EPISODE 1: I can write a book.
Fish and Chips for lunch and shopping in London.
The Summer of 2015:
On a very long airplane flight from Honolulu to London, I decided to write a book. Hey, I was a pretty good storyteller, and I had a million stories. It can’t be that hard to do, and I was sure it couldn’t take more than a few weeks of late nights and weekends. I’m on it. I finished my lunch and started typing on my Apple laptop. I started a story about an adventure at sea. After a dozen or so pages, I set it aside. It wasn’t what I wanted for my first effort. I then started a tell-all story about the big time construction business. That was too heavy, and I’m not a whistleblower, I discarded that concept, and ordered a chocolate sundae high above the Pacific Ocean for desert and thought about it. You could do that in first class.
This wasn’t going well. I needed to focus on something I was passionate about, something that would hold my interest start to finish as I wrote. Thirty minutes later, I got it. I would write a story about a slice of my life. I mean what could be more interesting to me, than me? I didn’t know where to start the story? I could start as a child, a young man, a dynamic world-class builder or as an old duffer sitting on the beach in Waikiki, sipping a Mai Tai and reliving my triumphs. My story must, at a minimum, portray me, as the protagonist, battling insurmountable odds and devilish villains to achieve my goal. There must be adventure, danger, love, humor, challenges and clever solutions. Maybe food and drink could be a minor, but common element to the story.
I decided my story would chronicle a thirteen-year-old kid’s ill-conceived plan to escape his abusive father by entering a Catholic Seminary, a boarding school for future priests. I had dozens of true stories and vignettes that met my criteria for a good book. This was going to be fun and a piece of cake. It might also touch on the spiritual, but I wasn’t sure yet. By the time I deplaned at the Heathrow Airport, I had a fifty-page draft of my book, and I was pleased with myself.
6-11-17: EPISODE 2: What’s wrong with it, Elizabeth?
Returning to La Ville Luminie`re, (Paris) after a day on the beaches of Normandy.
I made some anal changes to the book while I was in London. But, my reason for being there, including a side trip to Paris, and a day spent on the beaches of Normandy, swallowed me up. The book was all but forgotten. When I returned to Hawaii, I messed with the book off and on as time permitted, changing a word, a phrase, and a scene. However, I was the construction manager on a large power plant that was approaching completion, and I needed to pay attention to business. With that project up and running, the pressure was off. I had a new fire station under construction, but that was an easy one, and I had time for the book.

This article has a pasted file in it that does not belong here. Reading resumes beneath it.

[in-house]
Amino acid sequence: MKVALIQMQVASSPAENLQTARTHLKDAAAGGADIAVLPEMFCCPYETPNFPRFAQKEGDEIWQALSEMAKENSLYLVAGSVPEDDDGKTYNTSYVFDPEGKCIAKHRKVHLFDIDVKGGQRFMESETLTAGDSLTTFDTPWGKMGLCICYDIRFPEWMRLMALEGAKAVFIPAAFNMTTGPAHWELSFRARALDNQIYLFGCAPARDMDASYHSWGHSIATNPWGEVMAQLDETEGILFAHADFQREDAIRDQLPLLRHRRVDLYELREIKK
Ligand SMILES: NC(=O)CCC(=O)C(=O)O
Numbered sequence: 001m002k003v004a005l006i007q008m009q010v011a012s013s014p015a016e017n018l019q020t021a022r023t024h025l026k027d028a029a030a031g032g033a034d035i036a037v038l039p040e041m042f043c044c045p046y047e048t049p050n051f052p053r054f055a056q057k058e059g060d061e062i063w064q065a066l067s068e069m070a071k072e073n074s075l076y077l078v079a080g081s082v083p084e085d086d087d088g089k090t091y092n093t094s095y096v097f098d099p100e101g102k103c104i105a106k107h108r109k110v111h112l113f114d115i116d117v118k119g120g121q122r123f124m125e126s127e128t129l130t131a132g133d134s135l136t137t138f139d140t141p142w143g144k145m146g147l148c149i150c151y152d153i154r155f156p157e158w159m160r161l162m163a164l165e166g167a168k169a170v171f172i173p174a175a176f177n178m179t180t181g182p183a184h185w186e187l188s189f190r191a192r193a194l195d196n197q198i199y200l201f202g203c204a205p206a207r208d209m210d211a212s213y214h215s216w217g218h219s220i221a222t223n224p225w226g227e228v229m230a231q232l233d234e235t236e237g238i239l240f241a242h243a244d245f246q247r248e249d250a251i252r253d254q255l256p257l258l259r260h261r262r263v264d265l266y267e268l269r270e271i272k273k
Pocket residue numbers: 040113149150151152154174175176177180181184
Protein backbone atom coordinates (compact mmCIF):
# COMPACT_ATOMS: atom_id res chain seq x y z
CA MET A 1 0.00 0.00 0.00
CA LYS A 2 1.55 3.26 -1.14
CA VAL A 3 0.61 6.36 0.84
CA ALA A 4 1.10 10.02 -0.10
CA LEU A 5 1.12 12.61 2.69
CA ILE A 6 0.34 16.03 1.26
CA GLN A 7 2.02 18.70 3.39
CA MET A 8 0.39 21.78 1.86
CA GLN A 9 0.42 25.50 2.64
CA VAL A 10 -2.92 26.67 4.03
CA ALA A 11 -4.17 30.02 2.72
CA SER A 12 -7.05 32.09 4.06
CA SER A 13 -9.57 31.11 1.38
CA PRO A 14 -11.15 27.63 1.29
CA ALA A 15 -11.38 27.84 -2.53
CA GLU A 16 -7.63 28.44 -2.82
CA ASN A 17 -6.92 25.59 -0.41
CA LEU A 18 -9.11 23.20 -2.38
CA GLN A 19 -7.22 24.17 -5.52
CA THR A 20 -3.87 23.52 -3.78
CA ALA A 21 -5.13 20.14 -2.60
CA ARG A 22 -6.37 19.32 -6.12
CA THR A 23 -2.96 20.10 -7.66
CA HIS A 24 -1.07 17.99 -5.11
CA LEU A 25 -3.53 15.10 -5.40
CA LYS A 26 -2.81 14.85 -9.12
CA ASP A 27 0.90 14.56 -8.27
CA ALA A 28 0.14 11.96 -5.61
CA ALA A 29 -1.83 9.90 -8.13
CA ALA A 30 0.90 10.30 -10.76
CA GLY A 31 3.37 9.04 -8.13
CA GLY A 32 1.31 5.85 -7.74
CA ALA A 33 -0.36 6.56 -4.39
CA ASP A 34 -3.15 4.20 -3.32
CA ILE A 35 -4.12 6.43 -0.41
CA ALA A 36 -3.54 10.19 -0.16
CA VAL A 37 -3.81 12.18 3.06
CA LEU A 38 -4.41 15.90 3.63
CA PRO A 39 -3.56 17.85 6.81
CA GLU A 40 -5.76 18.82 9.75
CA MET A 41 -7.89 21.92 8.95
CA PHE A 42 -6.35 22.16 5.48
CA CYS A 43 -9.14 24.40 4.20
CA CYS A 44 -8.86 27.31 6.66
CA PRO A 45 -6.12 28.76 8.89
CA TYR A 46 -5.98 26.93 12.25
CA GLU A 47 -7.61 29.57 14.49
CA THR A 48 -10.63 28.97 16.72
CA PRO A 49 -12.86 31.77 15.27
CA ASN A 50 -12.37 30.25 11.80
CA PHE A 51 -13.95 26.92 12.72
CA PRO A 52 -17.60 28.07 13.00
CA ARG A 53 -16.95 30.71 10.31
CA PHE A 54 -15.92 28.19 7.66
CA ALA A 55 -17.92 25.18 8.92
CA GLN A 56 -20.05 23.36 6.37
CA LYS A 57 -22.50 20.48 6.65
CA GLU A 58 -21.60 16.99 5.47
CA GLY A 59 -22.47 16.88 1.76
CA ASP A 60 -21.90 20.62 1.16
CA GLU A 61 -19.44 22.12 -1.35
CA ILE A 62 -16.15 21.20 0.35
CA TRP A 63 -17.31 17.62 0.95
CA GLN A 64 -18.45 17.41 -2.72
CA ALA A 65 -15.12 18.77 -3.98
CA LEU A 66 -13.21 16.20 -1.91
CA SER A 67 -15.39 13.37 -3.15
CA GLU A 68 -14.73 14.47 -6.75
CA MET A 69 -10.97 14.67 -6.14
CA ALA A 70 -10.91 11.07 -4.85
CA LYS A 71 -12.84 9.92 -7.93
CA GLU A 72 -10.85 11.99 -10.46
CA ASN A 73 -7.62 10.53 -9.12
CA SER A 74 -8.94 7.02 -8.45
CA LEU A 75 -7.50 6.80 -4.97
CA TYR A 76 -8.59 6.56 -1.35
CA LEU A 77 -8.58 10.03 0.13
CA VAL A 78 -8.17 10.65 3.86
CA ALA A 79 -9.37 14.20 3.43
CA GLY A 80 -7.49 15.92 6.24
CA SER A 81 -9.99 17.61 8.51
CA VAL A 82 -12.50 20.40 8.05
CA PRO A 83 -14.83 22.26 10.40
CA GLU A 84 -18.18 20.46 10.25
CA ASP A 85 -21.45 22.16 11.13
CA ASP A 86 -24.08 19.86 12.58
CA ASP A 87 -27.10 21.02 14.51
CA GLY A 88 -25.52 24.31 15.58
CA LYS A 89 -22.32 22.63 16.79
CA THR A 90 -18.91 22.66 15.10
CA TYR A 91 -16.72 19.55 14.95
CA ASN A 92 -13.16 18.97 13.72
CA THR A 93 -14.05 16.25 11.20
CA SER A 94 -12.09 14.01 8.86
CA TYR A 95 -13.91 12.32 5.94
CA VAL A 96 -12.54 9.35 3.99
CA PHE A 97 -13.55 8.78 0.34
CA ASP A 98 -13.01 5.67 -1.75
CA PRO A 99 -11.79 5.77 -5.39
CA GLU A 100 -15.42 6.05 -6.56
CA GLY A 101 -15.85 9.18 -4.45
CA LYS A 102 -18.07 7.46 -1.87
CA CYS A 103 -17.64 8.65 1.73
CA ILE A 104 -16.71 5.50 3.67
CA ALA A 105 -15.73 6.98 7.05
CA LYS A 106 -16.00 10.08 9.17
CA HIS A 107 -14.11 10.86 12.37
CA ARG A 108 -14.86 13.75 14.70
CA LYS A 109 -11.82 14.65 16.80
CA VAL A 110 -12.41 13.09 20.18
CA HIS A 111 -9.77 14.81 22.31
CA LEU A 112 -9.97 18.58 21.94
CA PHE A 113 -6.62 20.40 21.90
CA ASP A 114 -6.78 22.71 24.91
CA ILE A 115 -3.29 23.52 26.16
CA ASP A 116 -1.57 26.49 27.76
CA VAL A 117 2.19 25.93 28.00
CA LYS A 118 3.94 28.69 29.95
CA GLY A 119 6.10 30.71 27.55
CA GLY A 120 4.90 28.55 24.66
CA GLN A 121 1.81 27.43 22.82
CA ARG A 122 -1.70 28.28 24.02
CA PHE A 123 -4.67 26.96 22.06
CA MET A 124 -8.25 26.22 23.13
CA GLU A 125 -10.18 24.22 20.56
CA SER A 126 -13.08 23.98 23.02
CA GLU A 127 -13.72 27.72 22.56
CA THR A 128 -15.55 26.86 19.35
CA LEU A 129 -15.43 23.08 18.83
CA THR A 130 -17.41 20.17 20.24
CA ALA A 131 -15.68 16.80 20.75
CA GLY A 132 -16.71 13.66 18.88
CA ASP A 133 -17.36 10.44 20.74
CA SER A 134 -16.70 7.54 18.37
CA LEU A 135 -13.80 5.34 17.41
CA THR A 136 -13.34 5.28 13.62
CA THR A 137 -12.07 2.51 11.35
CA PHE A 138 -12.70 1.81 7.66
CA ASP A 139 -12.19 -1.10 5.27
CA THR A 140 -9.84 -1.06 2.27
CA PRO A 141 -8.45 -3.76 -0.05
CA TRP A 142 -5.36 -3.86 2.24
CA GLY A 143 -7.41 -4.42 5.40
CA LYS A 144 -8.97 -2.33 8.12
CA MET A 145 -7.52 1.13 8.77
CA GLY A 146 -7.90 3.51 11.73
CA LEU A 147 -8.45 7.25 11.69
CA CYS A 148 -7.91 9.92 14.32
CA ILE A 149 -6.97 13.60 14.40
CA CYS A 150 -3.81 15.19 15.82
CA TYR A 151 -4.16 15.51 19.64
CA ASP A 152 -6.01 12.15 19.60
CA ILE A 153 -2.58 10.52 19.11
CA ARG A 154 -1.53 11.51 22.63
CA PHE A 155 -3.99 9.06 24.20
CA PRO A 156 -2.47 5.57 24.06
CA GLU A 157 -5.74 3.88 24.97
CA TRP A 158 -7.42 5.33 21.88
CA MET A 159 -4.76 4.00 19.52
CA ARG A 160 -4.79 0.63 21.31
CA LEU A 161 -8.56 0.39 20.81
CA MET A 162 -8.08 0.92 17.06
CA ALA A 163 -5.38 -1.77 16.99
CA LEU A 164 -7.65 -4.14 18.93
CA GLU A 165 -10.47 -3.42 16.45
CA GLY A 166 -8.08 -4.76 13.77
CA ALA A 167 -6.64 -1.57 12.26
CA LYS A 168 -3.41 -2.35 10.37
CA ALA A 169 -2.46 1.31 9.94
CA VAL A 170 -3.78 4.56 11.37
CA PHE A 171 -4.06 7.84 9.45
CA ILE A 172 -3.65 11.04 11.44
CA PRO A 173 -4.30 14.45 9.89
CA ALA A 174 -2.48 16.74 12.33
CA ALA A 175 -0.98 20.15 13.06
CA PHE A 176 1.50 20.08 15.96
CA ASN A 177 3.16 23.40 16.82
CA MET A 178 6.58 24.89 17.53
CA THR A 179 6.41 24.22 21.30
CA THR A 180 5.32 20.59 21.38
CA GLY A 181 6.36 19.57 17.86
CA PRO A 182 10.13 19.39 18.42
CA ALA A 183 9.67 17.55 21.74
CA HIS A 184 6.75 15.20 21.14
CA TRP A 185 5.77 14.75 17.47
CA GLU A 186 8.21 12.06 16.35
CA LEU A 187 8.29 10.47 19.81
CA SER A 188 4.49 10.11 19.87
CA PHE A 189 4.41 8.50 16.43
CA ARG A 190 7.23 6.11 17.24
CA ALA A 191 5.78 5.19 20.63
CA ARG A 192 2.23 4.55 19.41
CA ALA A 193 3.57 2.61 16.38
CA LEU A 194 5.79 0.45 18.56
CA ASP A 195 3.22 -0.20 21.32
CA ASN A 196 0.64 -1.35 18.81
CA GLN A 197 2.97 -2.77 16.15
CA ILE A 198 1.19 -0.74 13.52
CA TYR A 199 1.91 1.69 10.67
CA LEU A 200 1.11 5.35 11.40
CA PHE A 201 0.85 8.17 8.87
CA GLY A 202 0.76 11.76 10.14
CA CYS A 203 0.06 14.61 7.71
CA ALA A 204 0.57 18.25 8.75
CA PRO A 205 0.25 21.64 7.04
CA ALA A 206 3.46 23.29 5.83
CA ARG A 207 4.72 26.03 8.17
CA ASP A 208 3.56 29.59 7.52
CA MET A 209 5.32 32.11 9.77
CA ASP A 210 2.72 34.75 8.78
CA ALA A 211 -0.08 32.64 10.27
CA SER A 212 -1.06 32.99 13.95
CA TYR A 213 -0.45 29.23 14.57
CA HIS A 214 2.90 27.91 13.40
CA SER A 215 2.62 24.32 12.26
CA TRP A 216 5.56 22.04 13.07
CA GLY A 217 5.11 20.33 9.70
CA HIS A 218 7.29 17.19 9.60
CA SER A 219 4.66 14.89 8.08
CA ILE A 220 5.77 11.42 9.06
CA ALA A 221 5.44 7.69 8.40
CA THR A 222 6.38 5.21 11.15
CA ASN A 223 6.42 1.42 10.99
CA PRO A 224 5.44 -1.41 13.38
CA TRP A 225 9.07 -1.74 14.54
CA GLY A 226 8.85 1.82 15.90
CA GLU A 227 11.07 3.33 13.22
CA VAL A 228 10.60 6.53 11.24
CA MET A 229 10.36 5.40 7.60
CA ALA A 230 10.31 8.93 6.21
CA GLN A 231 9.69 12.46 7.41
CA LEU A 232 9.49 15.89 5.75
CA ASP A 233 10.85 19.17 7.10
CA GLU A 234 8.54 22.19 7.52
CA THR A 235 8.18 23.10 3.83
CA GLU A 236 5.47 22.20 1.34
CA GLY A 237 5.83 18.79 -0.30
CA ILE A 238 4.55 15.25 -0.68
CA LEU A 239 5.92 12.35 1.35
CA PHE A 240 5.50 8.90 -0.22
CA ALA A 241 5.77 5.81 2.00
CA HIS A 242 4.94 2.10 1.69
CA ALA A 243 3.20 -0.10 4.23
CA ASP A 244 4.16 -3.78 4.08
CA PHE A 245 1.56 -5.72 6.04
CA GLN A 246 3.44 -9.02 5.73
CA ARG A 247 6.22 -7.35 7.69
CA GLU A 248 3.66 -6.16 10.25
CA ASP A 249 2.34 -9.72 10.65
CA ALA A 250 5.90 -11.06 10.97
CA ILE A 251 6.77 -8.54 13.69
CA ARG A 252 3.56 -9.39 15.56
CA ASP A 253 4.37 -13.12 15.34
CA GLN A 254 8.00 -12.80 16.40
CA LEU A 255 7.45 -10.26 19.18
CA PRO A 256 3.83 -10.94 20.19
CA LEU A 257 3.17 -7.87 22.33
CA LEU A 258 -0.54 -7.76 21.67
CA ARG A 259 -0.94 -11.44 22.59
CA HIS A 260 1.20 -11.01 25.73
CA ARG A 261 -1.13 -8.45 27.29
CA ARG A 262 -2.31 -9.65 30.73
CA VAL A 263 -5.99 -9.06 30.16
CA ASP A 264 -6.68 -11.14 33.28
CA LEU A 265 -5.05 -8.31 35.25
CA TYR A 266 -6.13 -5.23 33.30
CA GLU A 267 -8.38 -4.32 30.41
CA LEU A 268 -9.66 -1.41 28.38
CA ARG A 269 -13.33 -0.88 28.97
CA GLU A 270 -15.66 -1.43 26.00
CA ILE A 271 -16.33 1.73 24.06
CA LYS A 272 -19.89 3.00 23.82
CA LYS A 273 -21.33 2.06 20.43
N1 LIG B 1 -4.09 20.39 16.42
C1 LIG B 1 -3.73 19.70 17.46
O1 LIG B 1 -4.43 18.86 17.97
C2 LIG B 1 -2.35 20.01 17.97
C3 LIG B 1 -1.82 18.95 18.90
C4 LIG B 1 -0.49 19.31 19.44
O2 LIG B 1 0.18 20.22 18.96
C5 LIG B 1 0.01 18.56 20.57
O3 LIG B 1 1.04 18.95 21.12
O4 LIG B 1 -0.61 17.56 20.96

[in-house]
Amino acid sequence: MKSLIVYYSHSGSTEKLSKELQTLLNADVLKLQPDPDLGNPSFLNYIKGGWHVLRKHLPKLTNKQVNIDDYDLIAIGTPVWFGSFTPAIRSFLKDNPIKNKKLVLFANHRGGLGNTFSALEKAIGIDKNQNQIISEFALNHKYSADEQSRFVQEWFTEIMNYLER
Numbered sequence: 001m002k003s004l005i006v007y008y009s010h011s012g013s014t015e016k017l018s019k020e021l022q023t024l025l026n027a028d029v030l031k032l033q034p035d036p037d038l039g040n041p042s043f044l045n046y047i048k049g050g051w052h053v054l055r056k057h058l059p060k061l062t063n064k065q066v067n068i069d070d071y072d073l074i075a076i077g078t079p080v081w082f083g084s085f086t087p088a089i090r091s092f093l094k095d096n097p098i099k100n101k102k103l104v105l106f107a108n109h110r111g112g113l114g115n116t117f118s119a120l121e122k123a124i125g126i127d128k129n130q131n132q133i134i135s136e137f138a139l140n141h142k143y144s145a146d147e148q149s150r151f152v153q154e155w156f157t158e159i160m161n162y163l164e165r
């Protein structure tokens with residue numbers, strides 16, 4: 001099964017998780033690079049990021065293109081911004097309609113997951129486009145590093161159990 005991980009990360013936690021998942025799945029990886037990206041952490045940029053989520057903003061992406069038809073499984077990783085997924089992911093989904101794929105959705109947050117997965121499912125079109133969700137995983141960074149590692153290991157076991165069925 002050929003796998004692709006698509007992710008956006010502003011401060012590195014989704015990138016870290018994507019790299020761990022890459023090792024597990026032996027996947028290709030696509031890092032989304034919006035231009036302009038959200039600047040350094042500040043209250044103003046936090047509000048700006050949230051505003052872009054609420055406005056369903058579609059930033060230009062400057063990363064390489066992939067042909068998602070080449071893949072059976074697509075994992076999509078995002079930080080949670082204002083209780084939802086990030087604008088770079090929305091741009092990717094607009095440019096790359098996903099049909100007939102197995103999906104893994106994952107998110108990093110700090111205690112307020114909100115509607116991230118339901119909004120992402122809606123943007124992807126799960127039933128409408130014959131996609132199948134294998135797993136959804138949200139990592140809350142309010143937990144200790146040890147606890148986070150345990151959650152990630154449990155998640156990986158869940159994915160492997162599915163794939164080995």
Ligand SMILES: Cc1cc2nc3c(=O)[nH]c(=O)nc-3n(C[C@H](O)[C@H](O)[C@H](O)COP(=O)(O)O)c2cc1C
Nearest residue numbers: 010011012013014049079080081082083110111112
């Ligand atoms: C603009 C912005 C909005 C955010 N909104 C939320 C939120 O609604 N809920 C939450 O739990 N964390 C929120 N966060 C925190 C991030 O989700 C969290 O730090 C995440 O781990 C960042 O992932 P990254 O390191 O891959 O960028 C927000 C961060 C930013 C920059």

I took a deep breath and read my manuscript with a critical eye. My honest assessment was that it had the potential of being a good story. But it was flat, uninspiring and didn’t seem to have a point or a clear direction where it was going. The individual vignettes were funny and entertaining, but the dots didn’t connect, and the overall story sucked. I asked Elizabeth, my wife, to read it and give me her opinion. She got most of way through it and said, “Jake, this is awful. Don’t give up your day job for this.”
“What’s wrong with it?”
“There are a lot, I mean a lot, of grammar and spelling mistakes. You change tenses and go from the first person to the third person seemingly at will. Your formatting is messed up, your fonts are all over the place, and a lot of your paragraph breaks were in the wrong places. Sometimes you rambled, and sometimes you didn’t say enough, and occasionally you got preachy. There was too much about the rule breaking, hijinks, and juvenile shenanigans. There was not enough of what I was interested in hearing about. I wanted to know more about how you got there, your relationship with your father, what was life in a Seminary really like and the pomp and ceremony? I wanted to know more about your friends, key professors, the villain, and what was going through your mind during all this.”
“What was good about my book, if anything?”
“Your descriptions of the individual events and people were good, but a little sketchy. A few of them made me laugh, and at one point I started to cry. You know what? If you were telling me this story, I would have enjoyed it. Reading it, no! You are a gifted storyteller with an excellent memory for details and a wild imagination. If you could pair up with a real writer, the two of you could easily write a great book or series of books.”
“Thanks for your honesty. Maybe this isn’t such a great idea. I needed to think about it.